Jim Carroll

Music, Life and everything else

Live music’s tragic summer

It has been a sadly memorable summer for health and safety concerns at outdoor concerts. Even before last week’s tragic events in Belgium, when five festival-goers were killed at Pukkelpop after a storm hit the festival site, there have been …

Mon, Aug 22, 2011, 09:43

   

It has been a sadly memorable summer for health and safety concerns at outdoor concerts. Even before last week’s tragic events in Belgium, when five festival-goers were killed at Pukkelpop after a storm hit the festival site, there have been serious incidents at shows involving Sugarland, Cheap Trick and the Flaming Lips.

While there have been occasional weather-related problems and incidents at festivals and outdoor shows over the years, four high profile incidents during the same season draws attention to the issue of safety at these shows. As Sophia Tareen reports for Billboard, some of the problems Stateside come from a lack of national regulation. Different states have different regulations when it comes to safety at outdoor events leading to confusion and different standards. The Indiana State Fair, where five people were killed when a stage collapsed before Sugerland were due to play, only had a single page emergency plan, but promoters must adhere to much stricter health and safety codes in cities like Chicago and New York (Tareen cites a case where a Black Eyed Peas show in New York’s Central Park was called off due to thunderstorms).

Yet, as Rodd Zolkos notes in Business Insurance, the Indiana State Fair promoters reportedly received a severe weather warning in advance, but had not issued an evacuation order before the stage collapsed. By contrast, an outdoor performance by the Indianapolis Symphony Orchestra at another venue in the area was pulled and the 7,000 capacity audience evacuated after officials received a similar weather warning.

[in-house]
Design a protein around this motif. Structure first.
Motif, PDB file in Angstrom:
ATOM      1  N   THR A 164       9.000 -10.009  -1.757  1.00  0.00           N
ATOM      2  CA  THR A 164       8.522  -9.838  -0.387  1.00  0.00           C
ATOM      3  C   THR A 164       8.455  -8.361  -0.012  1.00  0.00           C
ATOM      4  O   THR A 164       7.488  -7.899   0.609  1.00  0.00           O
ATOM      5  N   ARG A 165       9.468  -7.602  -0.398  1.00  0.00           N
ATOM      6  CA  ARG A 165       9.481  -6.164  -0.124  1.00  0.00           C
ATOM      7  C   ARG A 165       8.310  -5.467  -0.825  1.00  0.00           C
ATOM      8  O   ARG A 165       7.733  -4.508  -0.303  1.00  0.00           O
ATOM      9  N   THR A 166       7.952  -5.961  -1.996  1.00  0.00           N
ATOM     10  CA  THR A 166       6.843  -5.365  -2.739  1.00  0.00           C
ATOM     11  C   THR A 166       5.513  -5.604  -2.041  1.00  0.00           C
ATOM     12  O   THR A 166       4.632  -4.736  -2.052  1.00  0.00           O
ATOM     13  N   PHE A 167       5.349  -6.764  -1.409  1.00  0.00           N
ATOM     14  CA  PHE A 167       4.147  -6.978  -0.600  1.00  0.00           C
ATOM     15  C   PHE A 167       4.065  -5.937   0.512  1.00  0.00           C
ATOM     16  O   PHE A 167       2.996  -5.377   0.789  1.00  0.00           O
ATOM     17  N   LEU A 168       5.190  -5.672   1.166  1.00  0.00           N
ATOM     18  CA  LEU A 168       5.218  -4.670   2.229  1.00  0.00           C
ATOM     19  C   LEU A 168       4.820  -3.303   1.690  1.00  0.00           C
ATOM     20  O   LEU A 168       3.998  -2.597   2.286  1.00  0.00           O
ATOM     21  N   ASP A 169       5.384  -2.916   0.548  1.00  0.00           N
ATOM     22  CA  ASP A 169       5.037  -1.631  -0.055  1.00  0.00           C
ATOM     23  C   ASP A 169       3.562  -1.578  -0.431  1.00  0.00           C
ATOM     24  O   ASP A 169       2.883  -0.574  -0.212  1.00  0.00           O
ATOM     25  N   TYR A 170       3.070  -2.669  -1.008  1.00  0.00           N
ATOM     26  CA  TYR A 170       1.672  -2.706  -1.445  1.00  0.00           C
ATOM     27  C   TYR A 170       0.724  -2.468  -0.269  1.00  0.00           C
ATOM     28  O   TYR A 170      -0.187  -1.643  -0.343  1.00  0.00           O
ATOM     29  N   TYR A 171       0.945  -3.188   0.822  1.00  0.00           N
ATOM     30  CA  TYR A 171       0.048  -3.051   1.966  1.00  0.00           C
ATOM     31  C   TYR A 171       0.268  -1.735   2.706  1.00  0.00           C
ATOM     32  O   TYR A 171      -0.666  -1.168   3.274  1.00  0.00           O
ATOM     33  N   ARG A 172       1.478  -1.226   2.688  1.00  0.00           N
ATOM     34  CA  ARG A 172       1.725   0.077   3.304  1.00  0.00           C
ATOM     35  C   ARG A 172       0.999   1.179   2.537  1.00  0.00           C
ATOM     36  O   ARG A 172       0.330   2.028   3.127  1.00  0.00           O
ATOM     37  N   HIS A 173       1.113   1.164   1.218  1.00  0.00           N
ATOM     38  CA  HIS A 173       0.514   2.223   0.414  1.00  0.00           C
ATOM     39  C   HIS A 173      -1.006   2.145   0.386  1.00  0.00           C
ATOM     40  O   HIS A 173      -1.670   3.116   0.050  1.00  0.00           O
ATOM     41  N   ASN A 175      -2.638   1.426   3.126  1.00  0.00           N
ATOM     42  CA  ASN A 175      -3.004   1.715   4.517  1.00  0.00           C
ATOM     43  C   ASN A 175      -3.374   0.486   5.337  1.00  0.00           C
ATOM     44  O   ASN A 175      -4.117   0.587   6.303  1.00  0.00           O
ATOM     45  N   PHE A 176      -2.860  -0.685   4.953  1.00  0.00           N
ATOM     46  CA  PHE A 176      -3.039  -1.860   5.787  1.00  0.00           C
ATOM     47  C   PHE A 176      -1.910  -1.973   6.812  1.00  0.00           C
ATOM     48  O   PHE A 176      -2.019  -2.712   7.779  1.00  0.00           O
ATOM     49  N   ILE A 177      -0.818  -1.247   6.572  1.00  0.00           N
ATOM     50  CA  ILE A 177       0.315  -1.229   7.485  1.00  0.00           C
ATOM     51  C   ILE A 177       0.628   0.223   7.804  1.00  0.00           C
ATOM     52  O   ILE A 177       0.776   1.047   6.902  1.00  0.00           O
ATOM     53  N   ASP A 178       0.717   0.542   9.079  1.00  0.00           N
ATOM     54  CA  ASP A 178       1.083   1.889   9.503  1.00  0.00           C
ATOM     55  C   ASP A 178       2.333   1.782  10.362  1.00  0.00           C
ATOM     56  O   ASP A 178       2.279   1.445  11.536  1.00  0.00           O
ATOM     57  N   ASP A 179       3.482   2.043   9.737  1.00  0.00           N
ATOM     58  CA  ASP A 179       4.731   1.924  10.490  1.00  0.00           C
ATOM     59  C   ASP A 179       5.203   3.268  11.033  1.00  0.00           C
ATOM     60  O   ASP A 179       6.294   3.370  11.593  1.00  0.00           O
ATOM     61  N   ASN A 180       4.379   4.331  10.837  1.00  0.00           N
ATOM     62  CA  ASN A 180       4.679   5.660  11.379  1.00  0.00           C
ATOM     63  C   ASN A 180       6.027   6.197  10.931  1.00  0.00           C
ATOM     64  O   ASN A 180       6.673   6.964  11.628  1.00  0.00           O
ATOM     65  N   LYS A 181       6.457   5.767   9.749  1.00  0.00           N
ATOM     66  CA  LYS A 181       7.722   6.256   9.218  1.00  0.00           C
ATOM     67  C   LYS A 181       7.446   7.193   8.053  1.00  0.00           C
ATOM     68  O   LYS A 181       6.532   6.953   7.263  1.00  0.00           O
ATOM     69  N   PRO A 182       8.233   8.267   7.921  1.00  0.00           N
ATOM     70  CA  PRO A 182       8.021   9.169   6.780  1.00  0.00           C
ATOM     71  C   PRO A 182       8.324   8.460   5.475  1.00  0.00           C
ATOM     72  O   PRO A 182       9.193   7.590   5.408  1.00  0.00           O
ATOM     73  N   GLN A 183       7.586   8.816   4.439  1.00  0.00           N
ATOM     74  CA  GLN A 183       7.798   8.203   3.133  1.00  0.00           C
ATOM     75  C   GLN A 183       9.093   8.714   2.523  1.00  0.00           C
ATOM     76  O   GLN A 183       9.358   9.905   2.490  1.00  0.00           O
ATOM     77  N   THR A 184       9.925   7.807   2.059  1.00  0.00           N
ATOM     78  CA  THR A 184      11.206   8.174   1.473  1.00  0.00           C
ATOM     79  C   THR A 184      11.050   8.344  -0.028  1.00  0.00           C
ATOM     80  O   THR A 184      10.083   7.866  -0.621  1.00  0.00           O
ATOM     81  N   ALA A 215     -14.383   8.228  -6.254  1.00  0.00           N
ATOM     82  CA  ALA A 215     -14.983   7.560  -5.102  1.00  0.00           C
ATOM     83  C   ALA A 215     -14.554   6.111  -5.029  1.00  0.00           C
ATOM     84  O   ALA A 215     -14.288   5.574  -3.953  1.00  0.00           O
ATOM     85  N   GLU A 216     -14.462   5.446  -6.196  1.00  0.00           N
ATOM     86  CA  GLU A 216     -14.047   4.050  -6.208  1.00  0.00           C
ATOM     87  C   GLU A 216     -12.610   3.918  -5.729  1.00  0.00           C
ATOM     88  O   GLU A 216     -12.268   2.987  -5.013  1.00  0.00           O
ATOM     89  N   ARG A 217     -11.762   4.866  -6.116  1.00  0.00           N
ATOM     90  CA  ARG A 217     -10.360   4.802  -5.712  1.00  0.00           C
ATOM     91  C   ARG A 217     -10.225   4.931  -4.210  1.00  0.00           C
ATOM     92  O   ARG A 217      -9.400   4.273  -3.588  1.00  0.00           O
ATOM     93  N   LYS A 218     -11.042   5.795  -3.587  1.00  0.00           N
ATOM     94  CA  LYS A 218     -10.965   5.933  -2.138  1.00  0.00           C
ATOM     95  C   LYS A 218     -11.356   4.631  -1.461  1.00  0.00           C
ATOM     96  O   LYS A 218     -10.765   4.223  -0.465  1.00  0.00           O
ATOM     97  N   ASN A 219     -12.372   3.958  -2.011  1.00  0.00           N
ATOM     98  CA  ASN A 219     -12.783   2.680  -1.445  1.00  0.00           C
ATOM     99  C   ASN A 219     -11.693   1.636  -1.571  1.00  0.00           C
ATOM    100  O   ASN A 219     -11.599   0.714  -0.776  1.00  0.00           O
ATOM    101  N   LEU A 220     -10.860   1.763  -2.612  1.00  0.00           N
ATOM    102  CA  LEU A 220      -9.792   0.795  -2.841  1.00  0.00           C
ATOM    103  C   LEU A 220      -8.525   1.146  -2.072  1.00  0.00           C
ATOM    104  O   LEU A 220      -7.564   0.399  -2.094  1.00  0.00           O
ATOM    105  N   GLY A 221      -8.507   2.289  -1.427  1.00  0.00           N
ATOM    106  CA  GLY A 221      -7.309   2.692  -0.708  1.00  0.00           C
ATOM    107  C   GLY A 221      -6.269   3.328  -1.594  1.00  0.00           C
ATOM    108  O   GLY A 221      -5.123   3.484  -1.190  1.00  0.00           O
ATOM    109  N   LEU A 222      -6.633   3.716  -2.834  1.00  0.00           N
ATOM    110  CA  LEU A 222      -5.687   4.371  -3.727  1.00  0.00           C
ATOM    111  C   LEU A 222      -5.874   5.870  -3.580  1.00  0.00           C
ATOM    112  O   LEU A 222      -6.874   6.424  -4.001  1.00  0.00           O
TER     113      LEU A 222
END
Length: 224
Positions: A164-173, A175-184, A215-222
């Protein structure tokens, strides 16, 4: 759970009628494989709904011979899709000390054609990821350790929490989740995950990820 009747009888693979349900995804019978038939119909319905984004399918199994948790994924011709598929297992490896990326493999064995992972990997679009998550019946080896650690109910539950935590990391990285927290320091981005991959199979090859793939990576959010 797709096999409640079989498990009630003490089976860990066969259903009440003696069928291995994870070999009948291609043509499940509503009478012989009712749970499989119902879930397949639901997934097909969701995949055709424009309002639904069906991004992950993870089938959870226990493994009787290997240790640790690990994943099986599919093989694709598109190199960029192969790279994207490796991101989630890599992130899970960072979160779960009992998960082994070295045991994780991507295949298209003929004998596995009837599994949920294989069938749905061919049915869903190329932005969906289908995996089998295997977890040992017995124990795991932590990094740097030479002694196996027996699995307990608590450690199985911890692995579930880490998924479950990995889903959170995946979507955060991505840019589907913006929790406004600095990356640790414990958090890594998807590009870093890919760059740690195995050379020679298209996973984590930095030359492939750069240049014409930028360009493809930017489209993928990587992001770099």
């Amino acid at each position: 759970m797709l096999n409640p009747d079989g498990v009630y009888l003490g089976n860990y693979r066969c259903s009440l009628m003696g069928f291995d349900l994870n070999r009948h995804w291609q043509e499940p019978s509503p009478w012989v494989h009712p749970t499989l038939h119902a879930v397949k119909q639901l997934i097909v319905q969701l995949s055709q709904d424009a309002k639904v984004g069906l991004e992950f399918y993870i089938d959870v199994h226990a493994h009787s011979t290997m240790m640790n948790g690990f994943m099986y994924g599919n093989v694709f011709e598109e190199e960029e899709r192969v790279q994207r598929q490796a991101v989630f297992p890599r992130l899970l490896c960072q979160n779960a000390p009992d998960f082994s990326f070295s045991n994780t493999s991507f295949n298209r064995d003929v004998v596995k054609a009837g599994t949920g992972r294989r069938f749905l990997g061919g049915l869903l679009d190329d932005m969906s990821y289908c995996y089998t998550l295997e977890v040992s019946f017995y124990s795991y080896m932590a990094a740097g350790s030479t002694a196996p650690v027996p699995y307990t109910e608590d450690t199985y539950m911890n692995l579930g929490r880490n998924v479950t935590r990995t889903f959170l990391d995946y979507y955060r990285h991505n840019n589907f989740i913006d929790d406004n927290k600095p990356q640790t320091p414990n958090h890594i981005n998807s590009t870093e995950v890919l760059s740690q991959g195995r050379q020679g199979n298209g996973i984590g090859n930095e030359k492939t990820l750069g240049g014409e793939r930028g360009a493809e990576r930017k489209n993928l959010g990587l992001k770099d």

In Ireland, outdoor shows (especially when the capacity is over 5,000 people) are strictly regulated. Planning permission and licences need to be obtained from the local authority in advance, hence why you’ll see or hear the tagline “subject to license” on ads for big events. Obtaining these permissions involve compiling detailed health and safety reports and emergency and traffic plans covering a range of potential incidents which might happen at the event. Furthermore, while we complain a lot about our lousy lot when it comes to the Irish weather, we thankfully do not have to contend with the severe, freak weather conditions which all four of this summer’s festival incidents had in common. Muddy campsites are a minor complaint compared to stages collapsing due to high winds and thunderstorms.

Incidents like Pukkelpop and the Indiana State Fair remind you, as Academy of Country Music promoter Bob Romeo notes, that outdoor shows always carry risks: “whenever you’re outside, there’s a risk. It just is. It’s an inherent risk. It’s been in the fair and festival business from day one”. The only way to reduce these risks is by pre-event planning and ensuring there are plans in place to deal with any emergencies when they happen.

But even then, as we saw at Pukkelpop last week, things can change in a matter of minutes and it seems that no amount of planning can prevent a tragedy happening. After all, as the BBC reports, “initial checks on emergency planning measures – which staff told AFP news agency included “checking trees for their resistance to high winds, and testing the drainage system” – left officials confident they had done everything that could be expected of them given such freak conditions”.

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